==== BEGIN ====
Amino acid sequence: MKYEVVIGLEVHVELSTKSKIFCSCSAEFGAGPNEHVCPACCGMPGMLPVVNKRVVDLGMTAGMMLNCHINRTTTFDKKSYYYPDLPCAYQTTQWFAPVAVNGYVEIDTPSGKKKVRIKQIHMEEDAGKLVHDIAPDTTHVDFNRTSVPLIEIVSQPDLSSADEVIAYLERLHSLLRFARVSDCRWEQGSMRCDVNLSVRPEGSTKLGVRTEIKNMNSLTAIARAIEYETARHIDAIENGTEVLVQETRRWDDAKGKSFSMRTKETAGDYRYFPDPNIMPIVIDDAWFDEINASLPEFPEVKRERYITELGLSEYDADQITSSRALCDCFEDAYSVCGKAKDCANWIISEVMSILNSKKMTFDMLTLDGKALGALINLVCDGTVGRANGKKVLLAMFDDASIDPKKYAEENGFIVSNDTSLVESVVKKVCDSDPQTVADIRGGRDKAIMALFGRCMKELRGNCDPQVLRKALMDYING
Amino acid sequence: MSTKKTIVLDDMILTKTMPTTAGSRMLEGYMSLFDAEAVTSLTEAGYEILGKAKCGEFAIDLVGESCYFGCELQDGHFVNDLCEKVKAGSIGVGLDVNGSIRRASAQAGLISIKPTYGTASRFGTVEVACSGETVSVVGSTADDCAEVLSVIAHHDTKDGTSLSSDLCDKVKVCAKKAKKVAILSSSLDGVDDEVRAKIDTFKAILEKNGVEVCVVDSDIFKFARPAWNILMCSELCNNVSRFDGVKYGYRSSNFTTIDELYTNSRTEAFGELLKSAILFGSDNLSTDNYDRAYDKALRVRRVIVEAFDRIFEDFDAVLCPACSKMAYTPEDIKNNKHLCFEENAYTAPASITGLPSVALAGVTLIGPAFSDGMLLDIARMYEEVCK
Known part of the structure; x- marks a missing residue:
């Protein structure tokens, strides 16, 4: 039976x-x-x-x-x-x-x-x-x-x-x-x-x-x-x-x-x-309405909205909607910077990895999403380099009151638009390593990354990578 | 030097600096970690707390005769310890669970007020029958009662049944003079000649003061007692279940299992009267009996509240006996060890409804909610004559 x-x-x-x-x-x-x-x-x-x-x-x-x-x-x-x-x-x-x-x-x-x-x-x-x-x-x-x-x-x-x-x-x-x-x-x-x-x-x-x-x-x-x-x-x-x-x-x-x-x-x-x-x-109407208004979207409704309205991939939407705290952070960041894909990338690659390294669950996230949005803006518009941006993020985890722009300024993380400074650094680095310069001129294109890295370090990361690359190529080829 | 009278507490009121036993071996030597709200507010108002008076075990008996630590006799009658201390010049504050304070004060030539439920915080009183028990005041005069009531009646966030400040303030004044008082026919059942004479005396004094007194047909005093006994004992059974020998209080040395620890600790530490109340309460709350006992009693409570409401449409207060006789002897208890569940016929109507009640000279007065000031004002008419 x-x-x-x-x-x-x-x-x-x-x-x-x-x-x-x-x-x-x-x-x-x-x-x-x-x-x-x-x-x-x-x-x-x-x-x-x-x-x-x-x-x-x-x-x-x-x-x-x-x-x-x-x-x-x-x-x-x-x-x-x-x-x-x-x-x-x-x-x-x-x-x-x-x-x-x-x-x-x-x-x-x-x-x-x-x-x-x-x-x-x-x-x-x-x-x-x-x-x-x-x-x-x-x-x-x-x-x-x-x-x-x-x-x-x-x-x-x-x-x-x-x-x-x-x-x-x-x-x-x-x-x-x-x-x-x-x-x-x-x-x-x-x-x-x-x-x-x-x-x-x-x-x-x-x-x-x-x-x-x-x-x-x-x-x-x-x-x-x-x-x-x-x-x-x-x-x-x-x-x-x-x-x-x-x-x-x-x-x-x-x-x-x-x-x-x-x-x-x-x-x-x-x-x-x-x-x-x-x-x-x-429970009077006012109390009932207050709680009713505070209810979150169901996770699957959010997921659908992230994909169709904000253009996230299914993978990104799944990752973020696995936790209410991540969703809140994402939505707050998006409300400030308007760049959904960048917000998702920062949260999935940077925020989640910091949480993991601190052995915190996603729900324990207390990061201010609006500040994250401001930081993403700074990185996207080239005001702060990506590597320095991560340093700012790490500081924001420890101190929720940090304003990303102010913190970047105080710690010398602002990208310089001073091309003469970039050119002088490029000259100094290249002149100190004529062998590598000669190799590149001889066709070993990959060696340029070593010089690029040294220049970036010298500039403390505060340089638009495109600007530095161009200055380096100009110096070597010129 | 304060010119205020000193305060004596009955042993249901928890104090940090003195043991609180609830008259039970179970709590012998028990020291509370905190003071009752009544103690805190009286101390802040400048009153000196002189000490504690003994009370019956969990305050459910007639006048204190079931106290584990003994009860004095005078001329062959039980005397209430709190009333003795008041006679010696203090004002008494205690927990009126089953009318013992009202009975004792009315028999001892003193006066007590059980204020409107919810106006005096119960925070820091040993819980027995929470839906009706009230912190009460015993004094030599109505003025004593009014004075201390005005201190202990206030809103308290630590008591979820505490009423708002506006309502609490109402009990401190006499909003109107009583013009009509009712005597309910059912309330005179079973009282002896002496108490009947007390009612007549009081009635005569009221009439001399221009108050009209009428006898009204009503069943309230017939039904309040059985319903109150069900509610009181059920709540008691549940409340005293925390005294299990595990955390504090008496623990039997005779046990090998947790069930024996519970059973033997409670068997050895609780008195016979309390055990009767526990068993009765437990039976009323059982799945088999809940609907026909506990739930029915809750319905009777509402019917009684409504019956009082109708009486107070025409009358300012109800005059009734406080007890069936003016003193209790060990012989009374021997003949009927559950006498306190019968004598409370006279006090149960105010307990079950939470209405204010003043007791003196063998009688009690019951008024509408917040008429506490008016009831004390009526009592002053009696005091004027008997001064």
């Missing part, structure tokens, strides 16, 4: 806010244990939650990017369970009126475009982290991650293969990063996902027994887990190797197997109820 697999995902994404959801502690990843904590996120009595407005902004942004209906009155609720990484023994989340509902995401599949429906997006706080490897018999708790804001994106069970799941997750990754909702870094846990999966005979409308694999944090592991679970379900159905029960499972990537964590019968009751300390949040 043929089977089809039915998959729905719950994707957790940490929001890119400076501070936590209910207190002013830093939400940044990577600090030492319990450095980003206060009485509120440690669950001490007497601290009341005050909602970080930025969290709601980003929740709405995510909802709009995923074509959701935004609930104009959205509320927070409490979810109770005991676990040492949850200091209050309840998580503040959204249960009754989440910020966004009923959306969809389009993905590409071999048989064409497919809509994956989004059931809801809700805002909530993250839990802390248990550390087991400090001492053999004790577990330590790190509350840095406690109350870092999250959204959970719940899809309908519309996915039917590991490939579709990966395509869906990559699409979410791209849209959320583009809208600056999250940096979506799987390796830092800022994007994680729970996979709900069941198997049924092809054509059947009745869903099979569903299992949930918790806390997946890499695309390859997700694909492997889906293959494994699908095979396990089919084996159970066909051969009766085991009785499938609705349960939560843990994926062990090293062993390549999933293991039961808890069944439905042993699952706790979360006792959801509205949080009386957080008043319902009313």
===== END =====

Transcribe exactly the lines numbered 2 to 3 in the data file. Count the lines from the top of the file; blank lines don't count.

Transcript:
Amino acid sequence: MSTKKTIVLDDMILTKTMPTTAGSRMLEGYMSLFDAEAVTSLTEAGYEILGKAKCGEFAIDLVGESCYFGCELQDGHFVNDLCEKVKAGSIGVGLDVNGSIRRASAQAGLISIKPTYGTASRFGTVEVACSGETVSVVGSTADDCAEVLSVIAHHDTKDGTSLSSDLCDKVKVCAKKAKKVAILSSSLDGVDDEVRAKIDTFKAILEKNGVEVCVVDSDIFKFARPAWNILMCSELCNNVSRFDGVKYGYRSSNFTTIDELYTNSRTEAFGELLKSAILFGSDNLSTDNYDRAYDKALRVRRVIVEAFDRIFEDFDAVLCPACSKMAYTPEDIKNNKHLCFEENAYTAPASITGLPSVALAGVTLIGPAFSDGMLLDIARMYEEVCK
Known part of the structure; x- marks a missing residue: